Amelanchier arborea (F.Michx.) Fernald, 563 1941. (syn: Amelanchier oblongifolia (Torr. & A. Gray) M. Roem. (ambiguous
synonym); Aronia arborea W. P. C. Barton; Mespilus arborea Michx. fil.);
USA (Alabama, Arkansas, Connecticut, District of Columbia, Delaware, Florida, Georgia, Iowa, Illinois, Indiana, Kansas, Kentucky, Louisiana, Massachusetts, Maryland, Maine, Michigan, Minnesota, Missouri, Mississippi, North Carolina, Nebraska, New Hampshire, New Jersey, New York, Ohio, Oklahoma, Pennsylvania, Rhode Island, South Carolina, Tennessee, Texas, Virginia, Vermont, Wisconsin, West Virginia), Canada (New Brunswick, Nova Scotia, Ontario, Quebec), C-Europe (I) as per Catalogue of Life;


Tiny Berries for ID : Battery Park, New York : 23AUG19 : AK-34 : 16 posts by 5 authors.
Tiny Berries seen at Battery Park in Manhattan, New York in June,2017.
The closest I could get was Amelanchier Species of Rosaceae.
Common names Serviceberry or Juneberry.

Gaylussacia sp. ?? Clear images of leaves would have helped!

Thanks … These are the only pictures I have.

They look to be Vaccinium corymbosum aka high bush blueberry.

Thanks for the id. Did you consider my suggested id of Serviceberry or Juneberry? Amelanchier?  

Adding a cropped picture showing the trifoliate leaves.
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Sorry trifoliate leaves written by mistake. Kindly ignore.

I will assume your suggestion that the leaves are trifoliate was merely an error while doing copy/paste from a previous message so am ignoring that description of the leaves for this plant.

Looking at the list again for Battery Park, they have Amelanchier arborea, Amelanchier x grandiflora ‘Cole’s Secret’ aka Apple Serviceberry, A. canadensis. The three are listed as trees.
For Juneberry the list has only one:

Amelanchier lamarckii; it is also listed as a tree.
My suggestion that it may be a Highbush blueberry shows 3 on the list:
Vaccinium corymborsum ‘Herbert’ aka Highbush blueberry, one as V. corymbosum (no cultivar listed), and Vaccinium corymbosum ‘Berkley’ aka Highbush blueberry.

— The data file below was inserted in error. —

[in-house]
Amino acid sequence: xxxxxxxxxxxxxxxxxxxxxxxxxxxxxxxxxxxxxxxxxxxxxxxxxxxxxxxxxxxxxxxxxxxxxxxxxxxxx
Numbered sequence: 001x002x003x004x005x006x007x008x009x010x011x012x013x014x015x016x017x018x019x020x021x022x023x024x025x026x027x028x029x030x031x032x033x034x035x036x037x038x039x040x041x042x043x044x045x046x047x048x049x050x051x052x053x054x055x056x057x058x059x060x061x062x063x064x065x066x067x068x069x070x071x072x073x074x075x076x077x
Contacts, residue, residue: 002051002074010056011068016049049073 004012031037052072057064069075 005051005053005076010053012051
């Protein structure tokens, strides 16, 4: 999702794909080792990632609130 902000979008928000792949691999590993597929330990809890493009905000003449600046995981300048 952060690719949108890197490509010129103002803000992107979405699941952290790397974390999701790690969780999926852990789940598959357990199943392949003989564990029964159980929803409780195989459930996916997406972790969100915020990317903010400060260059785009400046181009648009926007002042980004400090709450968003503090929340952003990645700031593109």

Was the plant you photographed at tree or a tallish shrub?

This why a habit picture is sooo very important.

Thanks again for all the efforts in identifying my post. Not very sure, but it was probably a small tree. I will post a similar one seen in New Jersey today.

Amelanchier does not have trifoliate leaves. Sorry, they just don’t.

…, the link showing the list of plants at Battery Park, New York is:

I had wriitten trifoliate leaves in a hurry, it was meant for my other post with purple flowers. Had rectified my mistake in the subsequent post. Probably you missed it.

Thanks, … On checking species from both genera from the list, I found that only Amelanchier has serrated leaves.
On checking these species, I think it may be closer to Amelanchier arborea as per

Thanks a lot. I had suggested Amelanchier in my initial post. Went through all the links … Amelanchier arborea looks close.


SK 3380 31 March 2022: 4 very high res. images.

Location: National History Museum, London 
Altitude: 10m.
Date: 27 March 2022
Habit : Cultivated 

Amelanchier sp.
Probably Amelanchier canadensis.. but cannot be positive

Looks good!

A. arborea and A. canadensis have often been confused. This is how two are separated:
Petals (8–)10–15(–19) mm; leaf apices acute to acuminate; sepals soon reflexed after flowering; shrubs or trees. Amelanchier arborea
Petals (4–)6–10.2(–15) mm; leaf apices rounded or acute to obtuse and mucronate; sepals erect, spreading, or recurved after flowering; shrubs; Leaf blades elliptic or oval to oblong or obovate; sepals erect, ascending, or spreading after flowering; ovary apices glabrous (or moderately hairy). Amelanchier canadensis
To me A. arborea looks good.